Send to

Choose Destination
Am J Clin Nutr. 2003 Sep;78(3):370-5.

Effect of different forms of dietary hydrogenated fats on LDL particle size.

Author information

Institute on Nutraceuticals and Functional Foods, Laval University, Quebec, Canada.



Dietary trans fatty acids (FAs), which are formed during the process of hydrogenating vegetable oil, are known to increase plasma LDL-cholesterol concentrations. However, their effect on LDL particle size has yet to be investigated.


We investigated the effect of trans FA consumption on the electrophoretic characteristics of LDL particles.


Eighteen women and 18 men each consumed 5 experimental diets in random order for 35-d periods. Fat represented 30% of total energy intake in each diet, with two-thirds of the fat in the form of semiliquid margarine (0.6 g trans FAs/100 g fat), soft margarine (9.4 g trans FAs/100 g fat), shortening (13.6 g trans FAs/100 g fat), stick margarine (26.1 g trans FAs/100 g fat), or butter, which was low in trans FAs (2.6 g trans FAs/100 g fat) but rich in saturated fat. LDL particle size and distribution were characterized by nondenaturing, 2-16% polyacrylamide gradient gel electrophoresis.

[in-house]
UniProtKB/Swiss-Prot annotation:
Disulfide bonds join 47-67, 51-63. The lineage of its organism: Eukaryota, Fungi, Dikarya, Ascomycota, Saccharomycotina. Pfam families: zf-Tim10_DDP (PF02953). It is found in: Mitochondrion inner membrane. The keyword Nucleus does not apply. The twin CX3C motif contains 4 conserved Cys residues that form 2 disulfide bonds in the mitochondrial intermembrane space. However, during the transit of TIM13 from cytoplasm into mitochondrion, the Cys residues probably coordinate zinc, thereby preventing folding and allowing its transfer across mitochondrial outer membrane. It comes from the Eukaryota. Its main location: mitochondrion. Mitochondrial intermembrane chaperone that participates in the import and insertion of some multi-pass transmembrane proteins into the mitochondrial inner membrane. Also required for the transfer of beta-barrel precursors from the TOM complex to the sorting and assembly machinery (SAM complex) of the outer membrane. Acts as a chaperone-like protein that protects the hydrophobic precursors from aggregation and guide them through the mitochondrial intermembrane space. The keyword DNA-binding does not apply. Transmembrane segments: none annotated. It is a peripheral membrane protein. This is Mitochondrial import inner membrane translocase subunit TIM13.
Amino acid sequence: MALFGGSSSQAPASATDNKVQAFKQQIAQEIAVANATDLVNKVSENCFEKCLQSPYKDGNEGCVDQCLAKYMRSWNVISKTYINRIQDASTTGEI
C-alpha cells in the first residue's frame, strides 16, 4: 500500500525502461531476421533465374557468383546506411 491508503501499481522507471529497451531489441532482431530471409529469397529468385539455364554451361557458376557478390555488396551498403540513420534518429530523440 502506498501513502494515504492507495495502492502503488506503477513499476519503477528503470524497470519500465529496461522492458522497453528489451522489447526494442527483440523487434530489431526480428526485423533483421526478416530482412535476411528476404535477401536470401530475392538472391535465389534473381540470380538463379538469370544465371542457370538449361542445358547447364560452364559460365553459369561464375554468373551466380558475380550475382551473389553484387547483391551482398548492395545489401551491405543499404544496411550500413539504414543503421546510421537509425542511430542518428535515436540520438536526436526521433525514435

Relative to the LDL particle size observed after consumption of the butter-enriched diet, LDL particle size decreased significantly and in a dose-dependent fashion with increasing amounts of dietary trans FAs (P < 0.001). Cholesterol concentrations in large (> 260 A) and medium-sized (255-260 A) LDL particles also increased proportionately to the amount of trans FAs in the diet.


Consumption of dietary trans FAs is associated with a deleterious increase in small, dense LDL, which further reinforces the importance of promoting diets low in trans FAs to favorably affect the lipoprotein profile.

[Indexed for MEDLINE]

Supplemental Content

Full text links

Icon for Silverchair Information Systems
Loading ...
Support Center